mountain, where they might place them-
selves and their love under the protec
tion of the Lendamann and the old Hel
vetian Confederacy. But they were
hardly on their way to it, after a short
stroll by the side of the lake, when they
perceived a band of armed nationalists
wheeling about them. It was at Nauf
They now turned their thoughts to
Germany. "Let us go to Germany,"
said they. " There no one troubles
himself about anything but waltzing or
metaphysics." They set out, but they
were warned, "Do not go to Vienna;
do not go to Berlin."
As their carriage was about to cross
a bridge, a female equestrian, with her
hair floating over her shoulders, and her
long graceful velvet drapery falling over
her Arab horse, yet withal of a martial
air that might have become the queen
of the Amazons, galloped up so sudden.
ly to them, and threw herself so direct.
ly in their way, that the postillion had
scarcely time to pull up their leaders.--
" Back there !" she cried, as she presen
ted in his face, a little pocket-pistol.
The terrified postillion fell back upon
the horse he was riding, while Henri,
putting his head out of the carriage
window, recognized in the desperate
Amazon the Countess de Landsfield.
" Madame," he said, with a courteous
smile, " 1 beg to assure you that we are
neither Prussian gensdarmes nor Bava
rian municipal guards. Have the good
ness, their, to reserve your powder and
ball for some greater political emergen
cy, and allow as to pursue our route."
Lola Monies broke into a merry laugh,
which made the mountains ring with
its echo. They were like old courtiers,
but a little more genuine—perhaps the
"Take good advice," said she, "wher
ever you get it, Go not to Germany;
they have burned my hotel."
So saying, the Cotintess de Landsfield
set off like an arrow from the bow,
leaving Henri and Matilda to exchange
, glances of surprise, and to ask each
other, in utter despondence, whither
the here now to bend their steps—
, what country would receive them I
I " Let us go straight forward," at last
they cried. And straight forward they
went, through woods, and meadows, and
ravines, till the Rhine became the splen
did barrier to further progress, unless
they committed themselves to its wa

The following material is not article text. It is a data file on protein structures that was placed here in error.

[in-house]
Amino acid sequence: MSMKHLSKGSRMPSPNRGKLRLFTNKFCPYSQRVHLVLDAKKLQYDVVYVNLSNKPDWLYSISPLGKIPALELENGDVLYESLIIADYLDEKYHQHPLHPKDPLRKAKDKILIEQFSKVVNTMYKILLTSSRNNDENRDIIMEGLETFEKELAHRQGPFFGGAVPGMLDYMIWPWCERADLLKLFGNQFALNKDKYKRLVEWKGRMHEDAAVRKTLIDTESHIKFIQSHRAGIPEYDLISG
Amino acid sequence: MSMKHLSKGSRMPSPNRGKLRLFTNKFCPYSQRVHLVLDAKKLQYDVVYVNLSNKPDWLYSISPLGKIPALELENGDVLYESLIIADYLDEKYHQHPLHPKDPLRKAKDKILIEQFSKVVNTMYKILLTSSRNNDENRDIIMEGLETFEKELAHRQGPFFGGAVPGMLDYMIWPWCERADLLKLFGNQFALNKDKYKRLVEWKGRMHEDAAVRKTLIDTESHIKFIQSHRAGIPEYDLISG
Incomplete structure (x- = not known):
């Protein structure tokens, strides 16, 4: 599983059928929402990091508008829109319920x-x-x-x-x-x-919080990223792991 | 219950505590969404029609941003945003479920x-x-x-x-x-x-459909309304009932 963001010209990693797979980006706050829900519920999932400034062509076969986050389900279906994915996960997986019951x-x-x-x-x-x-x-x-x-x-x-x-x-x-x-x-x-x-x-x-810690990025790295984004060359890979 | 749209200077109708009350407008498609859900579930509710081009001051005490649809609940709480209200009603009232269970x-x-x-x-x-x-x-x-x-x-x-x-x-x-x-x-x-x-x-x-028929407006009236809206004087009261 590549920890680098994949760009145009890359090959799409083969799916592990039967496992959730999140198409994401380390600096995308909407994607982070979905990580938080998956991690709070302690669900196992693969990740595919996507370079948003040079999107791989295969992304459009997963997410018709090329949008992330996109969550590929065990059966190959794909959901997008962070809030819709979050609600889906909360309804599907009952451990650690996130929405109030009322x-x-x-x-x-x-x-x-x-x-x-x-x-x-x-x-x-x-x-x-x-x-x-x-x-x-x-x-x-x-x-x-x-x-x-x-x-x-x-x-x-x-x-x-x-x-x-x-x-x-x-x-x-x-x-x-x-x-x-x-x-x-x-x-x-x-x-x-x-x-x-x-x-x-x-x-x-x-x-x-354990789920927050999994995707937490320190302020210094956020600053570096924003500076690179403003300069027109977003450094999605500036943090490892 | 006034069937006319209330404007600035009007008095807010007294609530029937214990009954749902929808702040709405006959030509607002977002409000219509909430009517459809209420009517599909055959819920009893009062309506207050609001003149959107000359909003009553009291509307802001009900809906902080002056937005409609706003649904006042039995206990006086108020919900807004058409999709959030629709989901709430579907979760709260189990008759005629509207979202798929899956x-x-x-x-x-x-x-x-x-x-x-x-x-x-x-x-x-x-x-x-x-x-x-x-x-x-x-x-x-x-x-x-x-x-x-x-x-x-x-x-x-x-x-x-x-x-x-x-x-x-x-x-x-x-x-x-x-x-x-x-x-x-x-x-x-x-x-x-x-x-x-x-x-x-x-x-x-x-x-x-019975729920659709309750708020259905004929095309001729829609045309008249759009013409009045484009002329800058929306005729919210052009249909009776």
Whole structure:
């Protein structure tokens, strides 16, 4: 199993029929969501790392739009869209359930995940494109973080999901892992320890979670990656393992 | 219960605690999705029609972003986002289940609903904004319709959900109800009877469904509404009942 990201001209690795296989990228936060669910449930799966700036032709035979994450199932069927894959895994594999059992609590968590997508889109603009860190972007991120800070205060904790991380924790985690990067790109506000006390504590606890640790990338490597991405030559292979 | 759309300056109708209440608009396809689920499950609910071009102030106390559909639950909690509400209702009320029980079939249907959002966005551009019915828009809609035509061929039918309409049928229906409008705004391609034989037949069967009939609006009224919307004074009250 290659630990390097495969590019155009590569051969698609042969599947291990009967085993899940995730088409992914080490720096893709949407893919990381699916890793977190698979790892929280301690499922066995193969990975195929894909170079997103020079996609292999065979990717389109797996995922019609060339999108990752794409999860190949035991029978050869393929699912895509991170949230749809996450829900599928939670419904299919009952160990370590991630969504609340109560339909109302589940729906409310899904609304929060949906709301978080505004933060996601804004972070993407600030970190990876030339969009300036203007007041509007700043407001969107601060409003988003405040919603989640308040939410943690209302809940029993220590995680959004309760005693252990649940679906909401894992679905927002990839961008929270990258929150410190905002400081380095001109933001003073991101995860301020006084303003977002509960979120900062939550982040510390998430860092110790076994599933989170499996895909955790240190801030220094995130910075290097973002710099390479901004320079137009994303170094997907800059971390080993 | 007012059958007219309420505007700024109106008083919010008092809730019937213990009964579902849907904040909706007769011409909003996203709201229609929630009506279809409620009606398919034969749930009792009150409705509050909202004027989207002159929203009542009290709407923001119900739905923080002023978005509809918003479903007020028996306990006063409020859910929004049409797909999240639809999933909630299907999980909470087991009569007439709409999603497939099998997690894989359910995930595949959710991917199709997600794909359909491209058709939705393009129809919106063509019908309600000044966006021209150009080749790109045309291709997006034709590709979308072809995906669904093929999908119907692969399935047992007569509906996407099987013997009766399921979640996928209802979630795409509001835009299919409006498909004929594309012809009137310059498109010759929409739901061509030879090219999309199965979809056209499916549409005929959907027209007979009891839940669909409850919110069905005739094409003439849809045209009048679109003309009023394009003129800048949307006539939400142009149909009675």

ters. They did so, and stopped not till
they came to Johannisberg, where they
met an old man seated in an arbor, with
his bottle and glass before him.
It was M. de Metternich, who was
drinking his last bottle of Johannis
"Your Excellency," said Henri, re
spectfully saluting—the bottle, "your
excellency will pardon me if, in presu
ming to address you, I derange the bal
ance of power in Europe;. but we are a
young couple from France, who are in
search of some pretty little cottage
where we may give a few short weeks to
each other. Your excellency, who knows
all news better than any telegraph, any
newspaper—will have the goodness to
tell us whether there arc any cottages is
The diplomatic eye of M. Metternich
flashed somewhat angrily ; but seeing
nothing but artless simplicity in the
faces of the young couple he filled a
fresh bumper, tossed it off, and buried !
his face in his hands.
"My lord minister," said Matilda,
"I am no longer minister," answered
"My lord prince," stammered Henri.
"There are no more princes."
" Well, my lord of, Austria."
M. do Metternich raised his head ;
looking sad as a German ballad.
"Austria is no more," said he, in a
gloomy whisper. " Austrii.ns have de
stroyed it in destroying me. Diplomacy
is no more, for 1 am the last diplomatist ;
and I !—Oh, Talleyrand, thou bast done
well to die ! The great art of working
the hinges upon which all politics turn
is at an end forever. The people break
the hinges when they cannot open them,
and the axe is a hammer that opens el/.
ery lock. We have fallen upon evil
times, when words arc of no other use
to statesmen than to express their
thoughts, and that even when perliaps
they have none to express. Pity me,
then ; behold me reduced to swallowing
my last refuge of diplomacy—that is to
say, my Johannisberg wine, that won
drone beverage with which I have mys
all Europe for more than sixty
And M. de Metternich was silent, hav
ing nothing more to drink or to say.
I now lost all trace of Henri and Ma
tilda for sometime, but rested satisfied
that they had at length found the prom
ised land, when this evening I received
the followrng letter::
“Brescia, Mardi to.
My DEAR FRIEND:—We have at length
11 0 44' A/
arrived in Italy, after having passed
through twenty countries, nil in revolu- I
lion. Up to this moment we have not I
had an hour's quiet, for wherever we